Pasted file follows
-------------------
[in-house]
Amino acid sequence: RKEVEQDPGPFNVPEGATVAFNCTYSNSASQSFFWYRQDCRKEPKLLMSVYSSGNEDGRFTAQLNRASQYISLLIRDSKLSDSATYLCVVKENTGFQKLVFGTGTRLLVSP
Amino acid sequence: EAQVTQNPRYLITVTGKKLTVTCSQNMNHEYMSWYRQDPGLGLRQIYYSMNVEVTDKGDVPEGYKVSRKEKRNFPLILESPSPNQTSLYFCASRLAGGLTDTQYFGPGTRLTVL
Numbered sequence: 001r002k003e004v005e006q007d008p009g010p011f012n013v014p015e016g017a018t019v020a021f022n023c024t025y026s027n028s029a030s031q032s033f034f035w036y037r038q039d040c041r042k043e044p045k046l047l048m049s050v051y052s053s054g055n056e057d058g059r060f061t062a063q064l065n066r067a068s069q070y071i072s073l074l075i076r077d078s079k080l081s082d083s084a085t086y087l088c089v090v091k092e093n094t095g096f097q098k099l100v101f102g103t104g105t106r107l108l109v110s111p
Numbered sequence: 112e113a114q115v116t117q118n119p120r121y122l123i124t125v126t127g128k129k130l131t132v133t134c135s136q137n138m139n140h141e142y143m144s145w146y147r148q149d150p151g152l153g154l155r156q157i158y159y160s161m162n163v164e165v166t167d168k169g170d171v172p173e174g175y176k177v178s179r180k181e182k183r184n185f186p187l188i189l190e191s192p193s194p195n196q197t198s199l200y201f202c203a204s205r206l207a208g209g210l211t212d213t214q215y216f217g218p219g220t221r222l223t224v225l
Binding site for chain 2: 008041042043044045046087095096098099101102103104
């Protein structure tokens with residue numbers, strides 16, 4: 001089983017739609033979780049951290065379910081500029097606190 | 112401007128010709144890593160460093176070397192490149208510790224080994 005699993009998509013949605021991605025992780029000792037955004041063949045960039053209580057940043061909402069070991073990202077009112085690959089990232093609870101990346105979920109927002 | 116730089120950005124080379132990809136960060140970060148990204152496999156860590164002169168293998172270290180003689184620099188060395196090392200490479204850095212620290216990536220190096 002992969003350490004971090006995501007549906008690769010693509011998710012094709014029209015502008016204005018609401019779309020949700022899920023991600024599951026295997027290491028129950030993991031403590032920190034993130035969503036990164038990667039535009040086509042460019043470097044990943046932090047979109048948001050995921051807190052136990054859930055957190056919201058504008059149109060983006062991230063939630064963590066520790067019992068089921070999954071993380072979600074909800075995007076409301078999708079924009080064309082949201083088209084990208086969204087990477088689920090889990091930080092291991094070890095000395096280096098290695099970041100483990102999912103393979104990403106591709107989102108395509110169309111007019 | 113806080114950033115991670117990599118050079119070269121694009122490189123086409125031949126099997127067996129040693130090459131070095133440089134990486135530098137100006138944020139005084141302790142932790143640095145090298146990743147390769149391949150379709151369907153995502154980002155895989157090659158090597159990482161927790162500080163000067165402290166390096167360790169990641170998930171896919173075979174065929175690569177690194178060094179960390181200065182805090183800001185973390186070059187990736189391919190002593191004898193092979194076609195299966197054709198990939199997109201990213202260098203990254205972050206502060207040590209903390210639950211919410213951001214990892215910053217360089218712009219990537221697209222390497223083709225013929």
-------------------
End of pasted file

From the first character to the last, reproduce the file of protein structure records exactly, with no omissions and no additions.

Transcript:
[in-house]
Amino acid sequence: RKEVEQDPGPFNVPEGATVAFNCTYSNSASQSFFWYRQDCRKEPKLLMSVYSSGNEDGRFTAQLNRASQYISLLIRDSKLSDSATYLCVVKENTGFQKLVFGTGTRLLVSP
Amino acid sequence: EAQVTQNPRYLITVTGKKLTVTCSQNMNHEYMSWYRQDPGLGLRQIYYSMNVEVTDKGDVPEGYKVSRKEKRNFPLILESPSPNQTSLYFCASRLAGGLTDTQYFGPGTRLTVL
Numbered sequence: 001r002k003e004v005e006q007d008p009g010p011f012n013v014p015e016g017a018t019v020a021f022n023c024t025y026s027n028s029a030s031q032s033f034f035w036y037r038q039d040c041r042k043e044p045k046l047l048m049s050v051y052s053s054g055n056e057d058g059r060f061t062a063q064l065n066r067a068s069q070y071i072s073l074l075i076r077d078s079k080l081s082d083s084a085t086y087l088c089v090v091k092e093n094t095g096f097q098k099l100v101f102g103t104g105t106r107l108l109v110s111p
Numbered sequence: 112e113a114q115v116t117q118n119p120r121y122l123i124t125v126t127g128k129k130l131t132v133t134c135s136q137n138m139n140h141e142y143m144s145w146y147r148q149d150p151g152l153g154l155r156q157i158y159y160s161m162n163v164e165v166t167d168k169g170d171v172p173e174g175y176k177v178s179r180k181e182k183r184n185f186p187l188i189l190e191s192p193s194p195n196q197t198s199l200y201f202c203a204s205r206l207a208g209g210l211t212d213t214q215y216f217g218p219g220t221r222l223t224v225l
Binding site for chain 2: 008041042043044045046087095096098099101102103104
């Protein structure tokens with residue numbers, strides 16, 4: 001089983017739609033979780049951290065379910081500029097606190 | 112401007128010709144890593160460093176070397192490149208510790224080994 005699993009998509013949605021991605025992780029000792037955004041063949045960039053209580057940043061909402069070991073990202077009112085690959089990232093609870101990346105979920109927002 | 116730089120950005124080379132990809136960060140970060148990204152496999156860590164002169168293998172270290180003689184620099188060395196090392200490479204850095212620290216990536220190096 002992969003350490004971090006995501007549906008690769010693509011998710012094709014029209015502008016204005018609401019779309020949700022899920023991600024599951026295997027290491028129950030993991031403590032920190034993130035969503036990164038990667039535009040086509042460019043470097044990943046932090047979109048948001050995921051807190052136990054859930055957190056919201058504008059149109060983006062991230063939630064963590066520790067019992068089921070999954071993380072979600074909800075995007076409301078999708079924009080064309082949201083088209084990208086969204087990477088689920090889990091930080092291991094070890095000395096280096098290695099970041100483990102999912103393979104990403106591709107989102108395509110169309111007019 | 113806080114950033115991670117990599118050079119070269121694009122490189123086409125031949126099997127067996129040693130090459131070095133440089134990486135530098137100006138944020139005084141302790142932790143640095145090298146990743147390769149391949150379709151369907153995502154980002155895989157090659158090597159990482161927790162500080163000067165402290166390096167360790169990641170998930171896919173075979174065929175690569177690194178060094179960390181200065182805090183800001185973390186070059187990736189391919190002593191004898193092979194076609195299966197054709198990939199997109201990213202260098203990254205972050206502060207040590209903390210639950211919410213951001214990892215910053217360089218712009219990537221697209222390497223083709225013929």